In almost every case they failed to assist each other in the interest of more medals. Instead they behaved as though they did not know each other and what mattered was who would win individually. They seem to forget that should more of them mount the medal podium the more money would be available to take home to the country as a collective.
The fact is that the bug of winning at all cost takes precedence.
Glorification of the winner
When young Keshorn Walcott won his gold medal at the London Olympics the entire nation of Trinidad and Tobago came to life. There was no end to the platitudes showered on the young man following his successful Javelin achievement.
What mattered was that Walcott was a winner.
It did not matter that he benefitted from ideal throwing conditions at the time. It did not seem important to make comparisons with the records established in previous editions of the Olympics or World Athletics Championships.
What was important was that Walcott, a Trini, had won, giving the country its second Olympic gold medal at these prestigious Games.
In neighbouring Grenada, the same euphoria took place when Kirani James, won the 400m at the World Championships in Daegu, South Korea, in 2011 and then repeated at the Olympic Games in London, England, one year later.
Grenadians, like their Trini counterparts, went into a frenzy of sporting excitement to celebrate the success of the young athlete.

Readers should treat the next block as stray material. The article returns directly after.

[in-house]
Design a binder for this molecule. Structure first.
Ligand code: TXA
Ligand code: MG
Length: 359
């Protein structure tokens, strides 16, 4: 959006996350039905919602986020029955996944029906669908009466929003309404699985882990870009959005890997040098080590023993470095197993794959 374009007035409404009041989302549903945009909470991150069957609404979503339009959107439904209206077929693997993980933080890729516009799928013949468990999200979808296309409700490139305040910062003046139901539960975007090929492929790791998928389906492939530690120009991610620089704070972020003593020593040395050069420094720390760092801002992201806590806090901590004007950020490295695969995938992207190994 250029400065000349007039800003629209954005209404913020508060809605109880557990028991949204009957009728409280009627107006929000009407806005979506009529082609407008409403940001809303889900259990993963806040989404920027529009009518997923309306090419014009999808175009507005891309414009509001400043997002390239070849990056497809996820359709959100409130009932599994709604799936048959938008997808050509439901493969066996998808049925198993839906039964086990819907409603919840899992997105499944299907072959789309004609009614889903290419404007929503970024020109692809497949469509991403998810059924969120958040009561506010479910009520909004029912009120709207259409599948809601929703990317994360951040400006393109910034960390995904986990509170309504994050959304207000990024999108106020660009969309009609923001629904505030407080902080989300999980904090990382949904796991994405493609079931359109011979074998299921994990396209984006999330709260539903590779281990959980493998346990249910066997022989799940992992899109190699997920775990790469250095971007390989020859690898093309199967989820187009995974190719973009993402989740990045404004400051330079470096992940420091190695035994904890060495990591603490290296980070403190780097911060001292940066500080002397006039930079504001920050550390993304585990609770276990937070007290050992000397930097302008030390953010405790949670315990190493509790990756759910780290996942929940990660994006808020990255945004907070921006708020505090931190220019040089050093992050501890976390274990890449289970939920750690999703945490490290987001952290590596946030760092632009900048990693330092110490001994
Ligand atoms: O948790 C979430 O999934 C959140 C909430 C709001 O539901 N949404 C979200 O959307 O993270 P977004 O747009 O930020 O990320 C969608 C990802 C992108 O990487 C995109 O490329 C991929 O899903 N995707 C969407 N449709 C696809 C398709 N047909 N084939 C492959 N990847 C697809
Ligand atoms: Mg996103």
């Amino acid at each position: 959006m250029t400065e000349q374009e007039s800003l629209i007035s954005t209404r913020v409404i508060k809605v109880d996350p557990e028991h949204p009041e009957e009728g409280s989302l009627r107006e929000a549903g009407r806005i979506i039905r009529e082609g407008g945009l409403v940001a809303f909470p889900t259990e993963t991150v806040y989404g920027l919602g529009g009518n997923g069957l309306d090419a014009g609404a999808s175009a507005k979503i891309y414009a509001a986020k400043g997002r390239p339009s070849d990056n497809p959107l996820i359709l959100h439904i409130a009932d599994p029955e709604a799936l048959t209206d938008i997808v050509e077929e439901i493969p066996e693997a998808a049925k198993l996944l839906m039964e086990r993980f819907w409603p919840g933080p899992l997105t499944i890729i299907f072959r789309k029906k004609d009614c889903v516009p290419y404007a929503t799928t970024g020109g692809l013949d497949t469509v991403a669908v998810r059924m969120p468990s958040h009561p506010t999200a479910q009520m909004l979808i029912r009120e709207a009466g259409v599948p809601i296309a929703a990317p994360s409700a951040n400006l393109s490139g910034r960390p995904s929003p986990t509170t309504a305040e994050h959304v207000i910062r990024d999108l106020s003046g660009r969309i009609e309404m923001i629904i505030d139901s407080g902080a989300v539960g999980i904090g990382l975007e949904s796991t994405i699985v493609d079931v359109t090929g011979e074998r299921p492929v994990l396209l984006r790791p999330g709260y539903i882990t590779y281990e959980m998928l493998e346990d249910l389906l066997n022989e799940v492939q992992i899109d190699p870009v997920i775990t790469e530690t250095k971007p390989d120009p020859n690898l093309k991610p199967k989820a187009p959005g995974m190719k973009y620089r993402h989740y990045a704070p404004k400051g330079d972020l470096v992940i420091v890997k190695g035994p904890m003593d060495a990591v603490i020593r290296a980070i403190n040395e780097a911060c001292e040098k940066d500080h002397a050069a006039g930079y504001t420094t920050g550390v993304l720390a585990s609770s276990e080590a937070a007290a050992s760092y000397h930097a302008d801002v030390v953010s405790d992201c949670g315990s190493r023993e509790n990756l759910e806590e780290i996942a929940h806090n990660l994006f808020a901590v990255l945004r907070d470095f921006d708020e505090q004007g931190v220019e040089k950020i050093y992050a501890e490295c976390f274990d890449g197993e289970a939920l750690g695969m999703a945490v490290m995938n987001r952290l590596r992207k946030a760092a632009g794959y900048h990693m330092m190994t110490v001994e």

In the case of James and Walcott, the governments got on board, in the process pushing into the background the sporting organisations that laid the foundation for the achievements, and showered immense gifts in addition to the usual kudos.
It was all about glorifying the winner.
The plight of the loser
At the recently concluded World Championships in Athletics Kirani James and Keshorn Walcott both lost badly. They were hardly considered even a shadow of their former selves.
The response to the losses of these two young athletes is what we have come to expect in sport. In both cases they have been completely ignored, in stark contrast to the reception and accolades they received one year ago.
Such is the plight of the loser.
For the next several months, Walcott would walk around his native Trinidad and Tobago as a veritable nonentity. In contrast, Jehue Gordon, winner of the 400m hurdles at this year’s World Championships, would be the new toast of the country.
While some may think this all very unfair the tragedy exists and would be played out as has always been the case.
Indeed, it is not about participation at all. It is all about winning.